God has given us open ears so that we can listen to God and pay attention.
Listening attentively for Isaiah can lead us to hearing things that may be painful, of recognising that in ourselves we may have achieved nothing. Some of the things we hear need to be put away for later use. Some assure us that despite our failures God has been with us from our beginnings and that God is the strength that encourages us to be a light to the nations. (…which is no light thing…Is this a pun in the English translation?)
Having an open ear for the psalmist again enables remembrance of a past away from God likened to a desolate pit or a miry bog. For the Psalmist the hidden things are brought into the light in a new song/a new speech from a new confidence on the security of solid ground, being present within the steadfast love of God. I am here.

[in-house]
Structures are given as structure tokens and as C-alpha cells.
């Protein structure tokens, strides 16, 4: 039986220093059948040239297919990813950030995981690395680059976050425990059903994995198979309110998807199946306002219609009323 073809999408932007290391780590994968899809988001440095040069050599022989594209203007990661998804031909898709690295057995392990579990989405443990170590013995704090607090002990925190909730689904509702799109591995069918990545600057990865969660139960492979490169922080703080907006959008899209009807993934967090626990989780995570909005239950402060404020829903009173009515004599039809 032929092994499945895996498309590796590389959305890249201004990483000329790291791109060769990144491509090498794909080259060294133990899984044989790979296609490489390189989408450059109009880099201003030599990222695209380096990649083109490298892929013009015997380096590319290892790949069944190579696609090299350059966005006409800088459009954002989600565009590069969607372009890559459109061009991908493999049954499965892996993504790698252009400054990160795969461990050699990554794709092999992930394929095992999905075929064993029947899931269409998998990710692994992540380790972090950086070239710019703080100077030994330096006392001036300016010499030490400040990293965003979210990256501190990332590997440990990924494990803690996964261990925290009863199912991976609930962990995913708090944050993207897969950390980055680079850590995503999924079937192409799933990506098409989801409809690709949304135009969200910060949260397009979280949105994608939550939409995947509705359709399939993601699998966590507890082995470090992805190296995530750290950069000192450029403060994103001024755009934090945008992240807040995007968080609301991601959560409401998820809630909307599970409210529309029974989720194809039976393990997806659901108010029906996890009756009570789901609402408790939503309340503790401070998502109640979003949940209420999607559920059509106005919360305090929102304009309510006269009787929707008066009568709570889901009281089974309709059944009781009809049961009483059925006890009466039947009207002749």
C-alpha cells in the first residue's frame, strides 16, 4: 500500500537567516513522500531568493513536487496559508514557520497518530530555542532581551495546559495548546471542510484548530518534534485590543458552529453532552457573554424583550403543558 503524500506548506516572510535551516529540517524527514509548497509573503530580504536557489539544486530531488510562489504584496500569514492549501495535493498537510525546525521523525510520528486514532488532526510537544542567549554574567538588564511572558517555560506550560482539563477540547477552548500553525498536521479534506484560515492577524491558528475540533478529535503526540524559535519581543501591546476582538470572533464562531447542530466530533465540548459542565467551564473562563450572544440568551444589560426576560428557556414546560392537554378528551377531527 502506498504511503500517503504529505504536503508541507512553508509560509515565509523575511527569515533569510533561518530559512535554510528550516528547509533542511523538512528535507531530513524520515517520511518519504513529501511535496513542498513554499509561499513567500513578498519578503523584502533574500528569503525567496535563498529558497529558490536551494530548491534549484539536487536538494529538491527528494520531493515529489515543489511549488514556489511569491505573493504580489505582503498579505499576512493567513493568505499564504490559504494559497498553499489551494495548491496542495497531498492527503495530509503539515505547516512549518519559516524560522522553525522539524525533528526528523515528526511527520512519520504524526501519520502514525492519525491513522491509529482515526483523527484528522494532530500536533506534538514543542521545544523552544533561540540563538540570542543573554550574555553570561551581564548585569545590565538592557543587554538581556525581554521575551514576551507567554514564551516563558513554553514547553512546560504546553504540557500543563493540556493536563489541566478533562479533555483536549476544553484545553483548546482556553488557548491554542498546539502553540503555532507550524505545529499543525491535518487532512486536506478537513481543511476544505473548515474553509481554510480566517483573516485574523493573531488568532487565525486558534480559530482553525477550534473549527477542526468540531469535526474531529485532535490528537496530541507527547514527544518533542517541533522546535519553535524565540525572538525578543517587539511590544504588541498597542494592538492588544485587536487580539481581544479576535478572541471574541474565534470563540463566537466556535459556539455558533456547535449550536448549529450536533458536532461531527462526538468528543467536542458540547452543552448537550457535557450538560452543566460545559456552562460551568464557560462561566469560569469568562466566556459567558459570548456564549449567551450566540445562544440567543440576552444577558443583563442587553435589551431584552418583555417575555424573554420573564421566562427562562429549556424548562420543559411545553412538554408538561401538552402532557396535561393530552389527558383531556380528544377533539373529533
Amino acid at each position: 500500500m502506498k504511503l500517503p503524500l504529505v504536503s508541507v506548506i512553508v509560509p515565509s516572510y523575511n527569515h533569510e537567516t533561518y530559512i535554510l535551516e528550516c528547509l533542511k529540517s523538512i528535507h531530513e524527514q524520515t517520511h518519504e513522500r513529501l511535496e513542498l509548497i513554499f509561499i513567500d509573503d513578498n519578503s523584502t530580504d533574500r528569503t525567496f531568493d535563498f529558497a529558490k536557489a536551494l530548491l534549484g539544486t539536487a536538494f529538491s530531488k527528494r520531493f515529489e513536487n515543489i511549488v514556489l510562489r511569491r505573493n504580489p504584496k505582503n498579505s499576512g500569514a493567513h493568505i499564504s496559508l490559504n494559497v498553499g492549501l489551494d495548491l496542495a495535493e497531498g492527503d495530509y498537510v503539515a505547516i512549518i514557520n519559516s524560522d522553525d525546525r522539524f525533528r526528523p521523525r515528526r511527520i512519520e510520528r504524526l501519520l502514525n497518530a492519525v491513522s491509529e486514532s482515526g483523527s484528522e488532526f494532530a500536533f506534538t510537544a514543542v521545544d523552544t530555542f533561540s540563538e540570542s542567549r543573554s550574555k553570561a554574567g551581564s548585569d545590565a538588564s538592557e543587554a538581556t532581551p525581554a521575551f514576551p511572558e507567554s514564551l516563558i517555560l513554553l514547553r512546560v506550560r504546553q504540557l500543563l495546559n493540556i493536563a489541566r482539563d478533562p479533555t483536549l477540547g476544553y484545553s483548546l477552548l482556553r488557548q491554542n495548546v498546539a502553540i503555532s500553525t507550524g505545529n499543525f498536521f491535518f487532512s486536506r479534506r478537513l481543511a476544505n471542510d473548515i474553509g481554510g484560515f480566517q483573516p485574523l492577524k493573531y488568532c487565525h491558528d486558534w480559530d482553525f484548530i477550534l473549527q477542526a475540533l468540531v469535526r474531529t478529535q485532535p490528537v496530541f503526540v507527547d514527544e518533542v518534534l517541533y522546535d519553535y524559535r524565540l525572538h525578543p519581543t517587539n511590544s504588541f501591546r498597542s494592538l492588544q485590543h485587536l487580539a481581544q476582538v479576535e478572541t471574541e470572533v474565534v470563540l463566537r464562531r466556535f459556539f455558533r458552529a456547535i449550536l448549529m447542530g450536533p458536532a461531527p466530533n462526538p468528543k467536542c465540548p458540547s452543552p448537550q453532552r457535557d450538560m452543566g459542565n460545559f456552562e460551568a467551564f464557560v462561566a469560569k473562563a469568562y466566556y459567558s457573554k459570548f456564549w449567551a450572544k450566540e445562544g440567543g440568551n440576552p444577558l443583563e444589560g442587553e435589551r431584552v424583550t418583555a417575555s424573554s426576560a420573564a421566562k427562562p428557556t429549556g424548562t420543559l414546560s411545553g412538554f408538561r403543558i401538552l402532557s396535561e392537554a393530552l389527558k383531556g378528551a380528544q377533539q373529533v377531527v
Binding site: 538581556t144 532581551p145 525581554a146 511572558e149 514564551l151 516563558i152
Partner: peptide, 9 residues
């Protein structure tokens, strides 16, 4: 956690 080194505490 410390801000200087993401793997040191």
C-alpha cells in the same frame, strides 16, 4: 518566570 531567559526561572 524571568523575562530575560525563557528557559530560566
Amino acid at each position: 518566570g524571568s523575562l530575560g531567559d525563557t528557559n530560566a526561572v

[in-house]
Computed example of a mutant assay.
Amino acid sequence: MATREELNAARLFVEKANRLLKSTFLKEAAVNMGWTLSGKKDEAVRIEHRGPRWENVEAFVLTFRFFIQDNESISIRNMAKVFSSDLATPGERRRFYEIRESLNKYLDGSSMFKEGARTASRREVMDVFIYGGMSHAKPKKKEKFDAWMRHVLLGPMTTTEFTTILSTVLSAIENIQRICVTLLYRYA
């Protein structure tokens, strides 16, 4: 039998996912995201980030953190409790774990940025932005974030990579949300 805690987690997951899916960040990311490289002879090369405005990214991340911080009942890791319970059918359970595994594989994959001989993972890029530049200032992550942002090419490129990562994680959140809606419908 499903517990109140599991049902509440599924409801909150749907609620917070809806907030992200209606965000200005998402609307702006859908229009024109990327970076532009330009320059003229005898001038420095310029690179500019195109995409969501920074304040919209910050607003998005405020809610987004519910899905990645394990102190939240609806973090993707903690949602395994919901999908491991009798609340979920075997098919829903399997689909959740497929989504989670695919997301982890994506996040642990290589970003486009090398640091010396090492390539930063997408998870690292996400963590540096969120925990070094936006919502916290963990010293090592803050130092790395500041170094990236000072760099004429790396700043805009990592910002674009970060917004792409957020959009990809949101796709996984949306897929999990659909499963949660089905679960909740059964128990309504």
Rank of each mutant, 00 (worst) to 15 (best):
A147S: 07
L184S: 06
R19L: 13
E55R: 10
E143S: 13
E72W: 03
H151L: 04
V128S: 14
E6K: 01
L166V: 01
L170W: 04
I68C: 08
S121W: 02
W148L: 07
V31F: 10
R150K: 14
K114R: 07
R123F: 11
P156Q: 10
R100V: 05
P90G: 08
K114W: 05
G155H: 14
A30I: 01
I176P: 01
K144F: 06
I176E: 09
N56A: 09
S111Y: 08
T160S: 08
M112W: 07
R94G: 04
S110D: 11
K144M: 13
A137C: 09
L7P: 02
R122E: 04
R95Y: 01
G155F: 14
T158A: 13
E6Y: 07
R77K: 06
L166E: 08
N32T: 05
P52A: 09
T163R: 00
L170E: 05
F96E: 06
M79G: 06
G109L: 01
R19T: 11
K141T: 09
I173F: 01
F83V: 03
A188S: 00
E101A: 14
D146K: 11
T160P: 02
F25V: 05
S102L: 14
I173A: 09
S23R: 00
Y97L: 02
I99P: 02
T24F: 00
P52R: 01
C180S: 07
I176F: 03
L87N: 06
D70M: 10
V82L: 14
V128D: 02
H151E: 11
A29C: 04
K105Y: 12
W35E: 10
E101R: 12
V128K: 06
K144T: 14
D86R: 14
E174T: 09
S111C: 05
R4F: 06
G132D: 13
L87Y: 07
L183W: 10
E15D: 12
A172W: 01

Paul listens closely enough to the Corinthians to know, that despite the many issues he will elaborate on, he can note that they have been enriched in Christ in many ways including speech and knowledge. These disrupted people are not lacking in spiritual gifts and still stand within the faithfulness of God and the fellowship of God’s Son. We all wait for the revealing of the hidden (?) Lord Jesus Christ.
John the Baptist has been listening closely to God and those around him. This John has a more confident and developed theological understanding of Jesus and a closer connection to Jesus’ disciples than the John the Baptist of the synoptic gospels, and even though there is no explicit mention of a baptism of Jesus by John there is still the image of the Spirit descending like a dove on Jesus.
Let those who have ears to hear…
Let those who have mouths to speak…